Lastly, the activation of adenylyl cyclase is an important G-protein signaling pathway involved in associative memory formation. In vertebrates, G(o) does not appear to signal through adenylyl cyclase. In Drosophila, G(o) signaling within the mushroom body neurons during memory formation is, at least partially, if not wholly, independent of the rut adenylyl cyclase. This conclusion was based on several considerations including the significantly stronger phenotype of PTX inhibition as compared to rut mutants. Additionally, PTX expression within the α/β lobe neurons will inhibit short-term memory, whereas rut activity within these neurons is not necessary for negatively reinforced short-term memory. Moreover, when PTX was lightly induced in rut2080 homozygotes or heterozygotes, PTX displayed additivity in the short-term memory phenotype. When these PTX- rut2080 'double-mutant' experiments were performed, rut2080 was reported to be an amorph or, at least, a severe-hypomorph; more recent data indicates that rut mRNA levels are at ~25% wild-type levels in the rut2080 allele. Hence, it remains possible that the additivity found between PTX expression and the rut2080 may be due to residual activity in the rut2080 allele. Nevertheless, the learning phenotype for rut2080 is as strong as the reported amorphic rut1 allele, and it even displays haploinsufficiency, arguing that a high level of the enzyme is required to support memory formation. This, together with the strength of the phenotypic differences and the differences in anatomical requirements for G(o) activation and rut, argues against a direct interaction between the cAMP pathway and G(o) activation during negatively reinforced memory formation. In positively reinforced memory, rut is required in the α'/β' neurons and the projection neurons of the antennal lobe. Thus, the role for G(o) activation in positively reinforced memory also maps outside the rut domains and, therefore, is also rut-independent (Madalan, 2011).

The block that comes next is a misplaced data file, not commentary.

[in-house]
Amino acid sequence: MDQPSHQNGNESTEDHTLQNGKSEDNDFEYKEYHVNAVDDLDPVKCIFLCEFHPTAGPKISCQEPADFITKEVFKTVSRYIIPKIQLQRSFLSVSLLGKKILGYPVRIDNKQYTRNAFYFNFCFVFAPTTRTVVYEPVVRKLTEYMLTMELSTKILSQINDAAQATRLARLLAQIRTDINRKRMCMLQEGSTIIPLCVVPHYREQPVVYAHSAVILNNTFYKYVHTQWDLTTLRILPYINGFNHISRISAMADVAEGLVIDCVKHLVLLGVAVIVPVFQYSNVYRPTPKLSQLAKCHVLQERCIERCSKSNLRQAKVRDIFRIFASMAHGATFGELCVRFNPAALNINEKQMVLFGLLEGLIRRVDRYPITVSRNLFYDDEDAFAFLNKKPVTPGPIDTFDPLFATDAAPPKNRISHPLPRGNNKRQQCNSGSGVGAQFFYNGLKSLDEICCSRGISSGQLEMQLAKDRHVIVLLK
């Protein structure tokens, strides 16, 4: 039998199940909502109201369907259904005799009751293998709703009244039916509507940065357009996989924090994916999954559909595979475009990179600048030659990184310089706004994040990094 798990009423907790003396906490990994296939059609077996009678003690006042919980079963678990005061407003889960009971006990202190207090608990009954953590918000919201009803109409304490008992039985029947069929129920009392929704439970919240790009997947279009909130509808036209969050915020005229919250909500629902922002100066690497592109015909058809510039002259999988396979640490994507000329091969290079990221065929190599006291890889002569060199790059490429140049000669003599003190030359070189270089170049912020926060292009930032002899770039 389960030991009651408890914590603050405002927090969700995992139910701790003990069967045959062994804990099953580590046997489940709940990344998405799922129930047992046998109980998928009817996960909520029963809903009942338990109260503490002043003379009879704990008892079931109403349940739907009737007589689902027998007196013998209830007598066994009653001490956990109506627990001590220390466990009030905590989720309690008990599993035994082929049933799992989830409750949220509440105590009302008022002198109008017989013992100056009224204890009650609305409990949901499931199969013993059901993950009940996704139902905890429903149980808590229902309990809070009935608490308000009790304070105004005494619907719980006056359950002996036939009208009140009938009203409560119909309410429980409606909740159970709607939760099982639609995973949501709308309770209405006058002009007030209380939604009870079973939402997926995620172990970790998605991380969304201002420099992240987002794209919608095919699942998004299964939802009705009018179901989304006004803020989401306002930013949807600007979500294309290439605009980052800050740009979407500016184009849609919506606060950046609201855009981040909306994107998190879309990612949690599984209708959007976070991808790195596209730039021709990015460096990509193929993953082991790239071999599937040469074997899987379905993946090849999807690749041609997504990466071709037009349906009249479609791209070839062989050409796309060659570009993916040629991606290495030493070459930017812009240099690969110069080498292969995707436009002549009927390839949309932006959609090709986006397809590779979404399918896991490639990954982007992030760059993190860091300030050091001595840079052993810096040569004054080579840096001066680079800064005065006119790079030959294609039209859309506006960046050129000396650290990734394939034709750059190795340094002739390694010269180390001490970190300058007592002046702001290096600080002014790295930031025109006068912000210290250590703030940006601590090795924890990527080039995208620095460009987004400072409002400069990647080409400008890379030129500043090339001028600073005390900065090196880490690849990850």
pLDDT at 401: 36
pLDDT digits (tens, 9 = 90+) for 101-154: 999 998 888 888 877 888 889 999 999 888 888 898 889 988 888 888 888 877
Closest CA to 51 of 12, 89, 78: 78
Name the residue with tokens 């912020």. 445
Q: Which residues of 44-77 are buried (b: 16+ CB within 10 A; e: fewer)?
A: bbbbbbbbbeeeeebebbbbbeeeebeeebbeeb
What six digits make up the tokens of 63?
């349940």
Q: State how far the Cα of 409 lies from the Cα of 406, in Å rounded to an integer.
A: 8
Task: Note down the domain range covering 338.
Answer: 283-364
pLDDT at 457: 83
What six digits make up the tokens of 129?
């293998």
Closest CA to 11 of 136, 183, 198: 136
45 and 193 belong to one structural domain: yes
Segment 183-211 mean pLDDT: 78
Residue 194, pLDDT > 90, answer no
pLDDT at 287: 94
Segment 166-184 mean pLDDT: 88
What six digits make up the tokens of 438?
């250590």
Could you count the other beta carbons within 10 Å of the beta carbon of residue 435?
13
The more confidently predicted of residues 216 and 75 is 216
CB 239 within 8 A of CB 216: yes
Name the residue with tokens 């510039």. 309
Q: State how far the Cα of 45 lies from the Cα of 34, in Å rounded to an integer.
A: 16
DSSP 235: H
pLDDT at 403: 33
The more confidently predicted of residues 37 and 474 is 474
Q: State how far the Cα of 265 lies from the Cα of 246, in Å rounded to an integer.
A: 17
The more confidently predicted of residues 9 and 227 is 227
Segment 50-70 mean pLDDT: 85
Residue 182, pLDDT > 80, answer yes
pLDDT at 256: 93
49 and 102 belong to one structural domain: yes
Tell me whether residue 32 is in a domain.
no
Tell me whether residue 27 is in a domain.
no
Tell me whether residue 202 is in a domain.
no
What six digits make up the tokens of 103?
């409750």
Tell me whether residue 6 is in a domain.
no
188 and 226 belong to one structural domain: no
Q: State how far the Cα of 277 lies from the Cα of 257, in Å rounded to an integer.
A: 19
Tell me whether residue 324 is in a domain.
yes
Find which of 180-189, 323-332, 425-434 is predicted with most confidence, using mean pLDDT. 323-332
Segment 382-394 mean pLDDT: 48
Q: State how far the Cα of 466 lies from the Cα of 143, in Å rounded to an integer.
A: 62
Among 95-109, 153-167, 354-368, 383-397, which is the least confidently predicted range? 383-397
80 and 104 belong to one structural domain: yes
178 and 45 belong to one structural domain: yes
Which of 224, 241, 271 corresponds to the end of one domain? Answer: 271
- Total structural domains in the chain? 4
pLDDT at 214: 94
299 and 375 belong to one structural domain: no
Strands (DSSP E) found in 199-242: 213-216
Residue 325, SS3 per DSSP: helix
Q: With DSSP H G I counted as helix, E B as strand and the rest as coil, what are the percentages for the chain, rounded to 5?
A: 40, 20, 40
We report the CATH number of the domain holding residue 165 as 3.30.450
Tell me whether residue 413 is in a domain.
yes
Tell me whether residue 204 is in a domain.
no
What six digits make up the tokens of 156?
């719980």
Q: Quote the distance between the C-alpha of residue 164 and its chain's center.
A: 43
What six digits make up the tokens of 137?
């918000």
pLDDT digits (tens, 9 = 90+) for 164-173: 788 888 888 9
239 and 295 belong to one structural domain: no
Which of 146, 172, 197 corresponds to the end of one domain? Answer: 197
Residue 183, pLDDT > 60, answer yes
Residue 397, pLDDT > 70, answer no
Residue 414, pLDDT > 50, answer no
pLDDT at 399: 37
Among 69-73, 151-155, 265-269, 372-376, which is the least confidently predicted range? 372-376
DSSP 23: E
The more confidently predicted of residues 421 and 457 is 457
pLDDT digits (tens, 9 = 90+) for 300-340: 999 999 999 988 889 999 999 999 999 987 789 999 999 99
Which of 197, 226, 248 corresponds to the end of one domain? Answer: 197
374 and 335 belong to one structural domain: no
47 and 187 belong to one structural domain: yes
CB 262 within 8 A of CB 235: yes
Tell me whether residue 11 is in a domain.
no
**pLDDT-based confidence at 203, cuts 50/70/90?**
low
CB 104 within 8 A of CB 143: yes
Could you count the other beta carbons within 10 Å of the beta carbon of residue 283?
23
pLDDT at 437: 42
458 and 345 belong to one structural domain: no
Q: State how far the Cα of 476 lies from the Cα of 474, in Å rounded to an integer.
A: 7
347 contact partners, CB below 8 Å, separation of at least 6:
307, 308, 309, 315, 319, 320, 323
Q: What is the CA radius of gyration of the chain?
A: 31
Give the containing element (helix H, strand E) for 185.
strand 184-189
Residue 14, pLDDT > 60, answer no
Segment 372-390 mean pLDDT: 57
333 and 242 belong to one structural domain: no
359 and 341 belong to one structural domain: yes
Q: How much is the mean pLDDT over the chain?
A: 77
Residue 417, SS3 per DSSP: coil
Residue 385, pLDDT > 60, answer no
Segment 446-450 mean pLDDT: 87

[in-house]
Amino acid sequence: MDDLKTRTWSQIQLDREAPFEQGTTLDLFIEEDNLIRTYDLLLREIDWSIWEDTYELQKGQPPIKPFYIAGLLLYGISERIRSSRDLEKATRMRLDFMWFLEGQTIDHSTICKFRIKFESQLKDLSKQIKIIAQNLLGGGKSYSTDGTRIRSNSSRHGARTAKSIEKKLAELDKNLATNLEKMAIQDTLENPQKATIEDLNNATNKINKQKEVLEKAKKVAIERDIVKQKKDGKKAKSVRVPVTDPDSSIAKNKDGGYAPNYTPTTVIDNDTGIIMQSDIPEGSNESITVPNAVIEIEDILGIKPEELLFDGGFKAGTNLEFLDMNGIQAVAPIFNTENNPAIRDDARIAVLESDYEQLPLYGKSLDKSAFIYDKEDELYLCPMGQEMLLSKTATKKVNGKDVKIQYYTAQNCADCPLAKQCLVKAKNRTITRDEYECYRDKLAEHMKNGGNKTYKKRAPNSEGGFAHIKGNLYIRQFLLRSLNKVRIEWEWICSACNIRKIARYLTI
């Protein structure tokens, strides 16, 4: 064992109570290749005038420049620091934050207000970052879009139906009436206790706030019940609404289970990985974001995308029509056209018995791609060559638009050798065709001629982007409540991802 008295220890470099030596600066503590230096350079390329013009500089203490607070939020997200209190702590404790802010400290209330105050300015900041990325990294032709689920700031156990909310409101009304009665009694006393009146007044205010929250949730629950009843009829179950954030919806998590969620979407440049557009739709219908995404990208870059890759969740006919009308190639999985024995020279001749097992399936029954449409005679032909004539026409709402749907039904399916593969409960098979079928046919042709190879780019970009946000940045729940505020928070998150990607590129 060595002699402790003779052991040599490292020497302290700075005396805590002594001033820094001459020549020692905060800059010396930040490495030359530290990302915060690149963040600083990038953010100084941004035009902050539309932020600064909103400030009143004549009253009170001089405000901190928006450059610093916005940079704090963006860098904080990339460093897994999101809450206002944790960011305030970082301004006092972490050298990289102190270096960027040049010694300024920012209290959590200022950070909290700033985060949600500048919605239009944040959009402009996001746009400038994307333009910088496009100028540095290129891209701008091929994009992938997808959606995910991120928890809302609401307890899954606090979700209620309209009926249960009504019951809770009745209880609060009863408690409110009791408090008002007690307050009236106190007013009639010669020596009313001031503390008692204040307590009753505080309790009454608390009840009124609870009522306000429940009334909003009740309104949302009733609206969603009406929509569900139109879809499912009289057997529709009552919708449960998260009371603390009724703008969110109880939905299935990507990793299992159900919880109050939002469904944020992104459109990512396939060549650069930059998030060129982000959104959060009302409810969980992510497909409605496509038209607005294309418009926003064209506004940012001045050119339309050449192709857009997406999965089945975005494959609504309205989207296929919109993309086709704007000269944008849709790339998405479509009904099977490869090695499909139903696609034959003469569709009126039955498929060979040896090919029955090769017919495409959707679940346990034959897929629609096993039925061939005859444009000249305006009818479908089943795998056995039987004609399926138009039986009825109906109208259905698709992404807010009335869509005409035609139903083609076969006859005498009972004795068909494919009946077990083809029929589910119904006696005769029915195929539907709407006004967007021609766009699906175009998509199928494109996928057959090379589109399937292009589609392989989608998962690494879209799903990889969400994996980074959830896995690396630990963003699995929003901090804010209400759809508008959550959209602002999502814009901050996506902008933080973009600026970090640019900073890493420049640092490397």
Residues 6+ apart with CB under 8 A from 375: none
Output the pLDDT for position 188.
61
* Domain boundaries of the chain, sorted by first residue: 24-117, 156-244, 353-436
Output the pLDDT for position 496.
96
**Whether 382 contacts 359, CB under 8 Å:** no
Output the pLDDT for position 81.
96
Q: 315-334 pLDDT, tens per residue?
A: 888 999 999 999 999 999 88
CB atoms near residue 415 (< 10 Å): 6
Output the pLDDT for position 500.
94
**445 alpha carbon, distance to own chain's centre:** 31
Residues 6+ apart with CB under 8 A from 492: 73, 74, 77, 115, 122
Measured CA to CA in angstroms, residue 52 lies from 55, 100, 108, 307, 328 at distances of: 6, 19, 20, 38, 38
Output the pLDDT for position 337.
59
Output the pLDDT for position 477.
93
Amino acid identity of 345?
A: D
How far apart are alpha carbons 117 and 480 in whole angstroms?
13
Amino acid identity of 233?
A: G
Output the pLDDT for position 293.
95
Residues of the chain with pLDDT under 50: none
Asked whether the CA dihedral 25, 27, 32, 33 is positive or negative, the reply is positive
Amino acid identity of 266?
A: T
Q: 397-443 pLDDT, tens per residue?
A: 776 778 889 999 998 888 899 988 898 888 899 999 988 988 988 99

In summary, the activation of G(o) is an essential signaling event for associative memory formation. The G(o) pathway is required for the formation of both appetitive and aversive memories within the α/β and γ lobe neurons. Further elucidation of this pathway within these neurons will likely provide fundamental information on the molecular events underlying memory formation (Madalan, 2011).

Golgi-resident Galphao promotes protrusive membrane dynamics

To form protrusions like neurites, cells must coordinate their induction and growth. The first requires cytoskeletal rearrangements at the plasma membrane (PM), the second requires directed material delivery from cell's insides. This study found that the Galphao-subunit of heterotrimeric G proteins localizes dually to PM and Golgi across phyla and cell types. The PM pool of Galphao induces, and the Golgi pool feeds, the growing protrusions by stimulated trafficking. Golgi-residing KDELR binds and activates monomeric Galphao, atypically for G protein-coupled receptors that normally act on heterotrimeric G proteins. Through multidimensional screenings identifying > 250 Galphao interactors, this study pinpoints several basic cellular activities, including vesicular trafficking, as being regulated by Galphao. It was further found small Golgi-residing GTPases Rab1 and Rab3 act as direct effectors of Galphao. This KDELR --> Galphao --> Rab1/3 signaling axis is conserved from insects to mammals and controls material delivery from Golgi to PM in various cells and tissues (Solis, 2017).